Fellow NCAA stars Rhyan White and Isabelle Stadden rank directly behind Bacon, occupying the positions as the 9th and 10th fastest Americans of all-time. Both athletes posted their best times within the past month, as White swam her time of 2:07.07 at the Atlanta Classic and Stadden went a 2:07.28 at the Longhorn Invite. In addition, both White and Stadden hold international experience that could help them on a stage as big as Olympic Trials. White represented the US at the 2018 Youth Olympics Games in Argentina, finishing 4th in the 50, 100, and 200 backstroke events, while Stadden was a member of the 2018 Jr. Pan Pacs team and 2019 Pan American Games team. At Pan Ams, Stadden finished 2nd to teammate Alex Walsh in the 200 backstroke.
Assuming she does not elect to focus on the 200 IM, Walsh may also prove to be a threat in this event. A versatile swimmer, Walsh didn’t even swim this event at the NCAA Championships, instead electing to focus on the 200 IM, 200 Free, and 200 breast. However, Walsh holds a personal best of 2:08.30 from Pan Ams, which puts her in the conversation for a spot in finals, especially considering that she has improved her other times significantly since 2019.
Both Olivia Smoliga and Hali Flickinger are in a similar situation as Walsh is, as they may choose to focus on other events at trials. Smoliga, the reigning world champion in the 50 backstroke, has a much better chance of making the 100 backstroke, which she won at the 2016 Olympic Trials. In addition, Smoliga also is in contention for a relay spot in the 100 freestyle, where the top 6 finishers make the team. Flickinger, meanwhile, is the favorite to make the team in the 200 butterfly, and may also contend for a spot in one of the IM events. Regardless, both Smoliga and Flickinger are still ranked in the top-10 in the country for the 200 backstroke this season, holding times of 2:10.97 and 2:10.86, respectively.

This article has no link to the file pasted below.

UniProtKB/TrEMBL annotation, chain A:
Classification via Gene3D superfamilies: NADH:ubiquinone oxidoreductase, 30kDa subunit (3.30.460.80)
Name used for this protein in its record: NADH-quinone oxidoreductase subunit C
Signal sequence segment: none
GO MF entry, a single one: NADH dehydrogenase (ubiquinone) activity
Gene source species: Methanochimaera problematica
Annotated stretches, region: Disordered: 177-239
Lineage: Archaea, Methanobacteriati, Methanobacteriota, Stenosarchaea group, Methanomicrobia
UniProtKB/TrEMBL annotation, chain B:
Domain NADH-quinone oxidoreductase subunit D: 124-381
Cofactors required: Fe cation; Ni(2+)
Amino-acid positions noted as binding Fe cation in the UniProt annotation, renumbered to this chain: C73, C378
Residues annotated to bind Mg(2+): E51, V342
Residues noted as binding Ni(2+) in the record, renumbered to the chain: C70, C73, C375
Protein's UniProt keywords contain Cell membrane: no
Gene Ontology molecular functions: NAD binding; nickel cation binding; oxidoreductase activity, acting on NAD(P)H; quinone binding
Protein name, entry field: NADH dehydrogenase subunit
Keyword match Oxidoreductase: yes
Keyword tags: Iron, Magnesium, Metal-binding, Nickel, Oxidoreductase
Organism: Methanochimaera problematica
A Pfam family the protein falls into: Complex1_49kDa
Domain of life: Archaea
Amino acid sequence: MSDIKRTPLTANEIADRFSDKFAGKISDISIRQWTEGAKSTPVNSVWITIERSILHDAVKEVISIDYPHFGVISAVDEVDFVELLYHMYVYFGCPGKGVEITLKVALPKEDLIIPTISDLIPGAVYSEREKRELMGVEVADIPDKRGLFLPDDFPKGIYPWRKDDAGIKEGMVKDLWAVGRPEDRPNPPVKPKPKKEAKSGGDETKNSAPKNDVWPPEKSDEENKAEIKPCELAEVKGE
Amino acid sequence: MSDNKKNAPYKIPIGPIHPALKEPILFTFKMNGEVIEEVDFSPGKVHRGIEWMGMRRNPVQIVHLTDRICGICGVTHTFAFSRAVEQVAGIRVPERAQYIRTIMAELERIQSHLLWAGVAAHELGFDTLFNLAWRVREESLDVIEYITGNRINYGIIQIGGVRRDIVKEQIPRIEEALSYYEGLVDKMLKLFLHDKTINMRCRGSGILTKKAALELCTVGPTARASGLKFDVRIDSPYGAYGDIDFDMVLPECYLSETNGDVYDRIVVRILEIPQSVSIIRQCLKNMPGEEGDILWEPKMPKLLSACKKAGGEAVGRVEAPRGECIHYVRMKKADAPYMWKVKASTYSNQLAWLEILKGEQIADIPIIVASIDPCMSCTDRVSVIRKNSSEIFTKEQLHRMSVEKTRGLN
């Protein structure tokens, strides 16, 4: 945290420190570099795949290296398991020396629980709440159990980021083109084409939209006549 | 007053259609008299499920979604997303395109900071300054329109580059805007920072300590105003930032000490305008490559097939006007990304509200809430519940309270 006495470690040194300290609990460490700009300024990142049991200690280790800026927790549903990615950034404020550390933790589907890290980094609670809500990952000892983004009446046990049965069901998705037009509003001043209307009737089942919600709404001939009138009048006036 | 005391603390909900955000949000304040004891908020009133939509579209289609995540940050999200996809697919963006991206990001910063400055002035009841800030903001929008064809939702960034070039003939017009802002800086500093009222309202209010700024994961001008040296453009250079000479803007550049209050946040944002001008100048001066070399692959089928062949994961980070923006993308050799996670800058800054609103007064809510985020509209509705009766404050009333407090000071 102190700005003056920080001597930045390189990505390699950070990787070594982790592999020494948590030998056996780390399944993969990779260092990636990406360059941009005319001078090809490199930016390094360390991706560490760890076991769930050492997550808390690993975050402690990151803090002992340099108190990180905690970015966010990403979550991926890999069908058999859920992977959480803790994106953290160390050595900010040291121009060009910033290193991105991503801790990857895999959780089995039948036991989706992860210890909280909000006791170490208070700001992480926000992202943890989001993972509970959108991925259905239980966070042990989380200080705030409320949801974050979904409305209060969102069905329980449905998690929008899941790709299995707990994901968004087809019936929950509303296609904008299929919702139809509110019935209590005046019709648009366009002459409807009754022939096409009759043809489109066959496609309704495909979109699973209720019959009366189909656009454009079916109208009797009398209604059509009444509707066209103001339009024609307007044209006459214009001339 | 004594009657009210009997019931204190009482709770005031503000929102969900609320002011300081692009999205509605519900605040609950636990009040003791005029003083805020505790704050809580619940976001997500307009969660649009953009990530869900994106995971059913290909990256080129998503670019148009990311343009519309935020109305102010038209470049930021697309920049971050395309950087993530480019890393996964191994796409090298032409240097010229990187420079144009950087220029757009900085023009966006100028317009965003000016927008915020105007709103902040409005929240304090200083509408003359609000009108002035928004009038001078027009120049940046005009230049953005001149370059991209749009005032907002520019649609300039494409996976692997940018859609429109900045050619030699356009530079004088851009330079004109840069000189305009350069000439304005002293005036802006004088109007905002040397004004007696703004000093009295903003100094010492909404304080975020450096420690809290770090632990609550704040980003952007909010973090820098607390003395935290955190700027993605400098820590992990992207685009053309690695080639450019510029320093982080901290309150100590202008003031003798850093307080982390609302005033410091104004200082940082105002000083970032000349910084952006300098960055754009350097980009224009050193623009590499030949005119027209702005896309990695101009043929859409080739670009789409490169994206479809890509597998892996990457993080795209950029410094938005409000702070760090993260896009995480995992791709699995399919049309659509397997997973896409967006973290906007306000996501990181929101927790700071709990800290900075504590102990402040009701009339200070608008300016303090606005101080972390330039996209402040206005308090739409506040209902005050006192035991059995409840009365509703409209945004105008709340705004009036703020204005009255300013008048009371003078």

Aggie Lisa Bratton may end up being the only returning finalist from the 2016 Olympic Trials. At that meet, Bratton finished 3rd behind Franklin and DiRado with a time of 2:08.30. After struggling in 2017, Bratton bounced back in 2018 by making the World University Games team via a 4th place finish in the 200 backstroke at Nationals. She took full advantage of the opportunity to represent the USA, breaking the World University Games meet record and winning the gold medal in a lifetime best of 2:07.91. More recently, Bratton swam a time of 2:09.69 at the Atlanta Classic, taking second behind White.
At the Atlanta Classic, Kentucky’s Sophie Sorenson finished 3rd overall in a best time of 2:11.01, ranking 11th in the country this season. Sorenson’s time puts her in the conversation for a potential final spot. Former NCAA star Beata Nelson may also be in contention. Although she has yet to hit her long-course stride in the event, Nelson owns a short course best of 1:47.24 making her the second fastest performer of all time.
|Place||Swimmer||Lifetime Best||Season Best|
Dark horse pick: 18-year-old Summer Smith cut over a second off of her best time at the Atlanta Classic to drop a final time of 2:11.26. Smith, who primarily specializes in the IM events, trains at Bluefish, the same age group club of Elizabeth Beisel, who earned multiple Olympic berths in both the 200 backstroke and 400 IM. Given her training patterns, Smith may be able to slide into the final in Omaha with another drop.
Wave I Standout: Former Virginia standout Megan Moroney is the top seed at the Wave I meet with a time of 2:13.16. However, Moroney has been as fast as 2:10.53 back in 2018 and her best time in short course stands at a 1:51:28, which converts to a 2:08.14 using the Swimulator. If she is able to match her best time, Moroney should easily move on to Wave II.